This would be my first Revolution 3 event and only my second time attempting the long-ish distance of 70.3 miles. The 10+ hour drive down was made enjoyable by the sweet, awesome, extremely practical minivan, and, of course, the presence of Jenny and James. I enjoyed the bonding time and I can assure you that they enjoyed my infatuation with nuts. Wait, what was that? Yes, I love nuts. Almost as much as cookies. Wanting to be more like Fergie and The Champ I took it upon myself to pack a cooler full of goods that would hold over hunger during the drive. I feel as though I dropped the ball on my pre-race nutrition before Syracuse last year so I didn't want to make the same mistake twice.
Looking back on the trip I realize that time went by rather quickly. We had a great time leading up to race day. More details here and here. Before I knew it, my alarm was going off at 4:50am on race morning. After the morning rituals of bathroom, coffee, eating, bathroom, and bathroom, we loaded up the van to head to the race site.
To ease the race nerves and prepare us for the journey that was soon to come we each chose a fight song to play on the way to the race site. The chosen songs were as follows:
Jenny: Katy Perry - 'Roar'
James: Eminem - 'Till I Collapse'
Me: Muse - 'Survival'
As James mention in his blog, we arrived a little later than planned. Luckily Sylvain was still setting up his area and had a pump I could borrow to inflate my tires since I had to drop off the day before. Thanks again, dude. I quickly laid everything out and made my way to the swim start. With not much time before the pro start time I hurried to put on my wetsuit. HUGE mistake. I was already sweating at this point from the short jog down to the swim start that putting on the wetsuit became quite the challenge. I wouldn't notice until later, but in the process of getting into my wetsuit my fingernail tore a small hole in the neoprene. Lesson learned: always take your time putting on your wetsuit. I finally got it mostly on and headed over to watch the pro's start their race.
Disclaimer: I did my best with Rev3's results so don't hold me accountable if I miscalculated my placement.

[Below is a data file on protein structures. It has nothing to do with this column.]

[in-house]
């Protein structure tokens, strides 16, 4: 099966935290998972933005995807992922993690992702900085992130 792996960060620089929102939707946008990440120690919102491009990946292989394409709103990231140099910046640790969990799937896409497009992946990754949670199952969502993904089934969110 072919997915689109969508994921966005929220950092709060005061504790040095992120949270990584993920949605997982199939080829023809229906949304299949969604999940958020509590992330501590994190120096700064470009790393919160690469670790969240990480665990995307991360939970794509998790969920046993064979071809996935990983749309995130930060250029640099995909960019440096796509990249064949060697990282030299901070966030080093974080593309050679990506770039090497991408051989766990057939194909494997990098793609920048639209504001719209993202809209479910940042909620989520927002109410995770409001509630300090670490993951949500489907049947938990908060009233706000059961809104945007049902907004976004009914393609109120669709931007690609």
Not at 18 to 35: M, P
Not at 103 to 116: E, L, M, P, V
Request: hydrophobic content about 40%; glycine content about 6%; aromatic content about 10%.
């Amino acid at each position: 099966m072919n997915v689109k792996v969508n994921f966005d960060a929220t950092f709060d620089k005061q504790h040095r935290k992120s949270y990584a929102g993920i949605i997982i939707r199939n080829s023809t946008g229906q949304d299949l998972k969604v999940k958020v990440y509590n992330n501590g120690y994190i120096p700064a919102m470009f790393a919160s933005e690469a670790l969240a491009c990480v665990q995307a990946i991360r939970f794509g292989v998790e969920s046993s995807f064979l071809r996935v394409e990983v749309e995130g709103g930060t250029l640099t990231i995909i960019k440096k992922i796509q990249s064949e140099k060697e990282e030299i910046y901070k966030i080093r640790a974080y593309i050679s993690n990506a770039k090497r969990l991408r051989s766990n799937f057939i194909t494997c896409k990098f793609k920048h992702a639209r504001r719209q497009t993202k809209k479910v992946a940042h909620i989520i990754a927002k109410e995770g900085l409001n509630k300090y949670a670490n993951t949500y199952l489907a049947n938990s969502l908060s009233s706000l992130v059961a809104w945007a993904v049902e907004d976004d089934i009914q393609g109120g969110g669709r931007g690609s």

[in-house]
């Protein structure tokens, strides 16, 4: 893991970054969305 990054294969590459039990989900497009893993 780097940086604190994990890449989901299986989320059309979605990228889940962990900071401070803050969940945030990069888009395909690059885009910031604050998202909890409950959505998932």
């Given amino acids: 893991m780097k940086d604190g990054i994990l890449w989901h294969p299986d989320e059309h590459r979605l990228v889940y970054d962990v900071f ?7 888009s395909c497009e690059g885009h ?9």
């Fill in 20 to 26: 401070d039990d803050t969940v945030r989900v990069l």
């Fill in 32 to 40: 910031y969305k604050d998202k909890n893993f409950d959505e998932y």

Swim - 30:17 (2nd AG)
Luckily I was in the 2nd wave of amateurs with a start time of 7:15 because I barely made it down to the swim start to see the pros take off at 7. It came with great relief that the tide was high enough today that dolphin-dives/running would not be necessary. Even though it was my first beach start and I failed miserably at the entry the day before (what not to do) I chose to place myself on the front line - I ain't scurd. Horn sounds and we are off. The start was not nearly as frantic as I had anticipated considering the # of dudes behind me. I was very quickly left swimming alone missing the chance to latch onto the lead group. I just didn't have the initial take off speed necessary to stick with the lead group. At first I was a little frustrated with what I thought was a poor swim, however I continued along at a pace that felt comfortable to me knowing that the day was long. I did very little studying of the swim course prior to race morning which left me feeling a little less confident as this was my first time attempting the 'clothes hanger' swim course. I feel that I took pretty good lines throughout the swim. After the first two turn buoy's it was a straight shot until the next one on the swim exit side of things. It was during this stretch of the swim that I realized I was making up ground and picking off green caps (2nd wave swimmers). This was a huge boost to my swim confidence as I neared the finish.
T1 - 2:21
Upon exiting the water and running (albeit slowly because I couldn't get my hands out of my wetsuit) towards the TA I noticed [wetsuit] strippers. I knew they would be able to strip the suit off much quicker than me so I headed in their direction and assumed to position (for wetsuit removal that is). Sweet, that was fast. The rest was pretty routine: put on helmet, grab bike and get out as quick as possible.
|Travel all the way to FL and have to park my bike next to this fast dude, are you serious?|
Bike - 2:24:33 (6th AG)
As I was leaving transition I noticed Sylvain making his way in and knew that I'd soon be passed. Shortly after getting strapped into my shoes and in a rhythm on the bike he rode by me on his sweet Cervelo P5. As much as I would have loved to go with him, or at least keep him in a near distance, I knew it was out of the question if I wanted to run well (or run at all for that matter). The course was very flat with mostly head or tail winds; was a welcoming change from the previous days crosswinds. I settled into the bike leg rather quickly and spent most of my time is awe when I would see the pro's coming in the other direction after the turnarounds (I believe there were a total of 5). I even got acknowledged by the Pro - so dreamy, I know. I also found it amusing/odd that there were several dudes on road bikes attempting to draft off the pros and riding all over the place. Luckily I didn't have to worry about these clowns as I was going slow on the opposite side of the road, but it's still not cool.